It is usually a struggle at this point for me to evaluate expensive pens. Obviously if you’re going to pay this much for a pen, it better darn well be amazing — both looks and writing quality. And the fear is always that a really expensive pen ends up not being up your alley and it never gets used. This is a 200 level pen. And thankfully I have not had such an issue with this price range of pens. But I have 100 level pens that I am now making second thoughts about because 100 isn’t a small amount of money, yet I don’t absolutely love those pens anymore. What’s up with that! I also feel that the more higher-tier level pens I pick up, the distribution of value really gets skewed as I upgrade. That isn’t to say the positive comments I had about previous pens were not genuine.

But that’s a story for another time. Right now, if I had to give a value rating for the Oshino based on all the factors plus how much I paid for it, I would say this one was worth it. It is mostly because it serves as both an excellent quality pen functionally but also has the aesthetic qualities I like in a pen. I am quite happy with my purchase and I daresay I would be happy to start shleping off old un-used pens and never buy a new pen again. It’s not going to happen, but I will be honest in saying the purchases will be slowing down. I do have my eyes set on one more Platinum 3776 to complete the twin set upgrade, but otherwise my wishlist is rather tiny right now.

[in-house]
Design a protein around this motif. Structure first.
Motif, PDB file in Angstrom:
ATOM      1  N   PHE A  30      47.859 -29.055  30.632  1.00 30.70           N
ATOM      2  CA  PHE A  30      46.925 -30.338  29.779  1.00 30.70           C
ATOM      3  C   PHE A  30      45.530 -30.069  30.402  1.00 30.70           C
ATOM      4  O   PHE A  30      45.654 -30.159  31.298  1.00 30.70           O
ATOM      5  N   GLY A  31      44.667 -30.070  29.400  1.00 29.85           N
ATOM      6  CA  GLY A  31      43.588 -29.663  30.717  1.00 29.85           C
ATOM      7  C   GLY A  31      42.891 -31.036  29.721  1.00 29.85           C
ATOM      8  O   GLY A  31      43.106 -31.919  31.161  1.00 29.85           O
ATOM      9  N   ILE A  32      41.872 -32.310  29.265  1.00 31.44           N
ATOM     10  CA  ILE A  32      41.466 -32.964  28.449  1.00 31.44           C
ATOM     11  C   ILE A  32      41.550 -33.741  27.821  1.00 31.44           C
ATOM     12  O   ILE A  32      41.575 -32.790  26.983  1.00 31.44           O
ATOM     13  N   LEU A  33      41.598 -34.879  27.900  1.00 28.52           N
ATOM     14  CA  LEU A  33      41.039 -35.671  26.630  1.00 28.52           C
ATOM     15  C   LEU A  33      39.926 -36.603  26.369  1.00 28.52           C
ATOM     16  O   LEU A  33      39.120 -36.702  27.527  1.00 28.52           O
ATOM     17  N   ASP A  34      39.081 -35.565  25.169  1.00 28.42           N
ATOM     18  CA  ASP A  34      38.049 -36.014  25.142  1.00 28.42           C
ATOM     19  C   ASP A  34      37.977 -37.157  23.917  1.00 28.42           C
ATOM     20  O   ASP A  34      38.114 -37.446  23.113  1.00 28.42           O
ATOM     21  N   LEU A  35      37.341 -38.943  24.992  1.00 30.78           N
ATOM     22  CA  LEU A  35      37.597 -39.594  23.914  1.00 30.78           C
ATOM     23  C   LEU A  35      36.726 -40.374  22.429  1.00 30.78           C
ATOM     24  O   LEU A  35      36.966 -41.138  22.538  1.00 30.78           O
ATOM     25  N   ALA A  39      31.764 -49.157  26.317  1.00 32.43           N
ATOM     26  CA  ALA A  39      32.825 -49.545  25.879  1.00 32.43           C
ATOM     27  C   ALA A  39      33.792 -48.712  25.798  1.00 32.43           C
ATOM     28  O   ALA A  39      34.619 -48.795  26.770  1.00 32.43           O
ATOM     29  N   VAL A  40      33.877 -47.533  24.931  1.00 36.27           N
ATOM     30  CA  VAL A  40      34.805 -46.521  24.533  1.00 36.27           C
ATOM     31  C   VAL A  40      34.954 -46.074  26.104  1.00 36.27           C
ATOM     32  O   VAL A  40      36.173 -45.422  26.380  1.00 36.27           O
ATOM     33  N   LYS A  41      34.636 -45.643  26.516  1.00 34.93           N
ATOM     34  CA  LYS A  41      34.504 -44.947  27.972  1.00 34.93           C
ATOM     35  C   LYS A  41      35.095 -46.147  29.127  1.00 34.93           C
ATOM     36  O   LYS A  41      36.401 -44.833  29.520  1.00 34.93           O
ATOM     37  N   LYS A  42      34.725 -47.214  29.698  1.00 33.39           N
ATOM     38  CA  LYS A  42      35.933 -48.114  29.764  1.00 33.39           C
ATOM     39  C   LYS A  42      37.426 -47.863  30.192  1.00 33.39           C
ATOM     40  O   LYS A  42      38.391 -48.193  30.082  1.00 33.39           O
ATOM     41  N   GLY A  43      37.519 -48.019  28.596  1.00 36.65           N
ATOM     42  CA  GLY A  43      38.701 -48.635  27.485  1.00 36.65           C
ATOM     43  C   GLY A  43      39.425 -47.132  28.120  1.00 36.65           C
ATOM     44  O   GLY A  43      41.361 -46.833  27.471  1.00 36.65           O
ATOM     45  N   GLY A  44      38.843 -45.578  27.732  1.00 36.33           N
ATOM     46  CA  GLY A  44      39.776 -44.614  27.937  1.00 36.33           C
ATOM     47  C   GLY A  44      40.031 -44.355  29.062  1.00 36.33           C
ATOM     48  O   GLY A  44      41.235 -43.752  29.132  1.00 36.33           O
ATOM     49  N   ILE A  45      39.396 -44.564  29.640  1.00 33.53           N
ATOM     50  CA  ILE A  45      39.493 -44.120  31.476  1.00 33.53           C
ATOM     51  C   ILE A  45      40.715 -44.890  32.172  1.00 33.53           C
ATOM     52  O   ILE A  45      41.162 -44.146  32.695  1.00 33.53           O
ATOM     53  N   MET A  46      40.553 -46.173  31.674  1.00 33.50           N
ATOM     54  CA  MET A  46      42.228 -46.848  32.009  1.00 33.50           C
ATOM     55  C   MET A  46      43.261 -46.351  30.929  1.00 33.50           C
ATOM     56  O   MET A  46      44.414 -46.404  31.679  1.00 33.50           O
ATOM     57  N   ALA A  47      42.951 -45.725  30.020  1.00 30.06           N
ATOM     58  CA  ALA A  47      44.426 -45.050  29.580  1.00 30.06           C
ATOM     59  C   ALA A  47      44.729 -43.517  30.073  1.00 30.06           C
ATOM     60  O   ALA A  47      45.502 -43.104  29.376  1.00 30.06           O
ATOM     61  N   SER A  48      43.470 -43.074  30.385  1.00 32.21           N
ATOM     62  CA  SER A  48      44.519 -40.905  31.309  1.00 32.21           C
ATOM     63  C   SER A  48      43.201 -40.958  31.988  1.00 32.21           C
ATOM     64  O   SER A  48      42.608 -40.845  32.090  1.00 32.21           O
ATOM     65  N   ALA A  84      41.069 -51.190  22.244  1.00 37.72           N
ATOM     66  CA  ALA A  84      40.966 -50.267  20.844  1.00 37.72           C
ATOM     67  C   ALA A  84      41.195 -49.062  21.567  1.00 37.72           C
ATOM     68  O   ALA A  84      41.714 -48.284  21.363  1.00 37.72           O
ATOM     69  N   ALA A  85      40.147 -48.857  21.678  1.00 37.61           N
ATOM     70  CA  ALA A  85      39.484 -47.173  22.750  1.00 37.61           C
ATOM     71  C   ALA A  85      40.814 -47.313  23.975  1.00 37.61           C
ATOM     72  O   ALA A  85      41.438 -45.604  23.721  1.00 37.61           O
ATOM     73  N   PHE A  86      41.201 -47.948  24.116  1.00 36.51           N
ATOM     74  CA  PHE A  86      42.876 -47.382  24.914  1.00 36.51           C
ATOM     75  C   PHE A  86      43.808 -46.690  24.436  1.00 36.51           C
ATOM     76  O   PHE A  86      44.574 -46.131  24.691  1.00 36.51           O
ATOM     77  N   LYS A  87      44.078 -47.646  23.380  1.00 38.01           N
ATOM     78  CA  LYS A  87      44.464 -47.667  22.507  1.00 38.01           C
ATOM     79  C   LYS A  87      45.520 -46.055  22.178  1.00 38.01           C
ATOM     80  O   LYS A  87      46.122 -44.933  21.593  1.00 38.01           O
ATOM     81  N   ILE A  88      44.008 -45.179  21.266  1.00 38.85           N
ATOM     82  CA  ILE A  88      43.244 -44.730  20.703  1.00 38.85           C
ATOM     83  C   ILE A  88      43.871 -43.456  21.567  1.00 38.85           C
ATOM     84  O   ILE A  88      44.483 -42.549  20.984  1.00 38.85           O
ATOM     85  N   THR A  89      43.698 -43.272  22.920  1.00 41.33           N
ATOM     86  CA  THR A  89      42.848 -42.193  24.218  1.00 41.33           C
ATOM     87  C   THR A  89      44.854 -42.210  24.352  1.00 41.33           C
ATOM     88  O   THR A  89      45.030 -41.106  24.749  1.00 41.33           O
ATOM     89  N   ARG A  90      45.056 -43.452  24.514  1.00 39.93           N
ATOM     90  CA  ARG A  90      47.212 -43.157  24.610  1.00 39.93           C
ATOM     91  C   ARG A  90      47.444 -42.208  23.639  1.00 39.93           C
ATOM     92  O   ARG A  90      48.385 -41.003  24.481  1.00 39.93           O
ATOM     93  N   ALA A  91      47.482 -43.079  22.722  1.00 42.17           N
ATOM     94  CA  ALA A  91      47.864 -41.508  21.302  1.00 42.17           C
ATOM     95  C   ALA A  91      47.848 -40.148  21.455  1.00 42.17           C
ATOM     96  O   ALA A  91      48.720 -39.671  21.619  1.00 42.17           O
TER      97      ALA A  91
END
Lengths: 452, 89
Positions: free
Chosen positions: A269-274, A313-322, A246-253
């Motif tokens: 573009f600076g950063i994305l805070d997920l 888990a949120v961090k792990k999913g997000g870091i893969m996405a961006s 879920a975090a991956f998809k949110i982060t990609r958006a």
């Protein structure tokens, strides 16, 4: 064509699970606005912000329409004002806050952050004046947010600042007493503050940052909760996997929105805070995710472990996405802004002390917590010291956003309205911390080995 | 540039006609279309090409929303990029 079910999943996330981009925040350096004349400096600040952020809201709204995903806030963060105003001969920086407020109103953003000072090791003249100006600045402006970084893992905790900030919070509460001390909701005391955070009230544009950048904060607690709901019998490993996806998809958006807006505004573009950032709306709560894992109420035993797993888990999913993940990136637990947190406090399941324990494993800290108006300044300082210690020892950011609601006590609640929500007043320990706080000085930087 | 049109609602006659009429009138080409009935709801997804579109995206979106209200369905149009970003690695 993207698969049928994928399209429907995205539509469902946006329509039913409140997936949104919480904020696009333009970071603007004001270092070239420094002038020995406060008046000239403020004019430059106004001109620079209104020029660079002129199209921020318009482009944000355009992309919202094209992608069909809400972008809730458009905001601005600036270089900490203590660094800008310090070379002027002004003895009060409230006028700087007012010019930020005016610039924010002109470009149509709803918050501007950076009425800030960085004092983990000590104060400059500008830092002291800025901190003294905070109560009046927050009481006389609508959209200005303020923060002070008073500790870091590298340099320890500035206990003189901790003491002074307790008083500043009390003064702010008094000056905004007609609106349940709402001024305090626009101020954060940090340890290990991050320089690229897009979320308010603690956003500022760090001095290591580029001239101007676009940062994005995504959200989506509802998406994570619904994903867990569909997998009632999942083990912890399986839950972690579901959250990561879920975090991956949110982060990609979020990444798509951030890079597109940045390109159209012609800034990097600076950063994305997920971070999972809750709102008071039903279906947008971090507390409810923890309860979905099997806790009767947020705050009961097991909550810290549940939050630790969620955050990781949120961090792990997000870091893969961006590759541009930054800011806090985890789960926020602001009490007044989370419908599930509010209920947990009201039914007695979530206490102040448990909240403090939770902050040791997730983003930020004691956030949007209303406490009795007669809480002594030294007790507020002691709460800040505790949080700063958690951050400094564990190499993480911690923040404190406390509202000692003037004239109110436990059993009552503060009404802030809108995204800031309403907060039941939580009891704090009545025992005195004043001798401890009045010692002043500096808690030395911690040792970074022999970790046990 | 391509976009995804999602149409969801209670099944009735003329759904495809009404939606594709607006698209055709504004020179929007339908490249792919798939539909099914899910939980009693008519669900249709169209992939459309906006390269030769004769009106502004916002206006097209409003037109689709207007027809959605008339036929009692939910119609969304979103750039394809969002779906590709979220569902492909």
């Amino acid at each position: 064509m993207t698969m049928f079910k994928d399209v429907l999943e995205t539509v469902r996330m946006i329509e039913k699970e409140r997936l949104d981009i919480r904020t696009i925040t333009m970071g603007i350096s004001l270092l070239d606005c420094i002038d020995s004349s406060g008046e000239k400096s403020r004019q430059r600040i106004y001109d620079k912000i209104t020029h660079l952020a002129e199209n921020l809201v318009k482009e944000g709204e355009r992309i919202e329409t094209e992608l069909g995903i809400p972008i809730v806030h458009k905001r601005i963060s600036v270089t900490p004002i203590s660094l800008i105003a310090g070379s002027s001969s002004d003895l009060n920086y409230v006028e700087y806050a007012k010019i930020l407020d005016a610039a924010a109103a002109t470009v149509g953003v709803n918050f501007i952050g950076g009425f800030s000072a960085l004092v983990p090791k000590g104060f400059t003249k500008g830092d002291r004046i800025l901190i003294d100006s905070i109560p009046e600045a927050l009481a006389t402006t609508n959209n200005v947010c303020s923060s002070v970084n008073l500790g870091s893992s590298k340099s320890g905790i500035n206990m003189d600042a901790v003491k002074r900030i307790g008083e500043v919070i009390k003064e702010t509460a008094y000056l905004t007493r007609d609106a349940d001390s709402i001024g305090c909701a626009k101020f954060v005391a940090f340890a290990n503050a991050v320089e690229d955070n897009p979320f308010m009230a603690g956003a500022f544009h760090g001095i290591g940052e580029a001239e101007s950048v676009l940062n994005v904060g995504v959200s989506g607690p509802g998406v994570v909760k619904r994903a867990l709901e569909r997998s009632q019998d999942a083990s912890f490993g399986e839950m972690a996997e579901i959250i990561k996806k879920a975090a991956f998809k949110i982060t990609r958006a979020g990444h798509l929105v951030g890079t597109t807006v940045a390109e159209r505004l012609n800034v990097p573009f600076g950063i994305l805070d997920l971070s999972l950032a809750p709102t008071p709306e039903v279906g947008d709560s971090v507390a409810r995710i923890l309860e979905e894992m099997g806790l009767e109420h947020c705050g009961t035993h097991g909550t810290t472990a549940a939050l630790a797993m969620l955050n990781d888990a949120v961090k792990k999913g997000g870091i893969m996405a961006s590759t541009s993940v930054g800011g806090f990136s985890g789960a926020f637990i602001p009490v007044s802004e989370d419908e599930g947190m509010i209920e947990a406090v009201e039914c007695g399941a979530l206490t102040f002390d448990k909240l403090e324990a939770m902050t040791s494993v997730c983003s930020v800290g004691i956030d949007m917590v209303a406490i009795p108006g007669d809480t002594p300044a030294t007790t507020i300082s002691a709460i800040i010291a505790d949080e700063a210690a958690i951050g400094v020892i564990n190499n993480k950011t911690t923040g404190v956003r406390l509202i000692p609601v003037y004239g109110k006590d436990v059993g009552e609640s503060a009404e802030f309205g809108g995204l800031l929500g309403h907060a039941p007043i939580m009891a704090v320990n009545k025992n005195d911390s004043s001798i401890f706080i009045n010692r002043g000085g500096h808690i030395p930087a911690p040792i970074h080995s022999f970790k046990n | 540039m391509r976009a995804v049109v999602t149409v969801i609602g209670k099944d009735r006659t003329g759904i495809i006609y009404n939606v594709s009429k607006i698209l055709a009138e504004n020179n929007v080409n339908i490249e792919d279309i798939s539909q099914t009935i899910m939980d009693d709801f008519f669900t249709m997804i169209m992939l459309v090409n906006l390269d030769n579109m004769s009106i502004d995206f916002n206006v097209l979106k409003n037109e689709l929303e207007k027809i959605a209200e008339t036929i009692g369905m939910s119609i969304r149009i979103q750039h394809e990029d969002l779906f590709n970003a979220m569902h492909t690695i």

In the market for a high end, quality and classy pen? Here’s your winner in my book.

The middle oneeee


  • Excellent writer
  • Looks classy but not flashy
  • Consistent ink flow and line weight
  • Proportions work extremely well for me
  • Quality demonstrator plastic and rhodium accents — check if accents are actually rhodium, otherwise need to update


  • Clip is a little hard to attach to things without some difficulty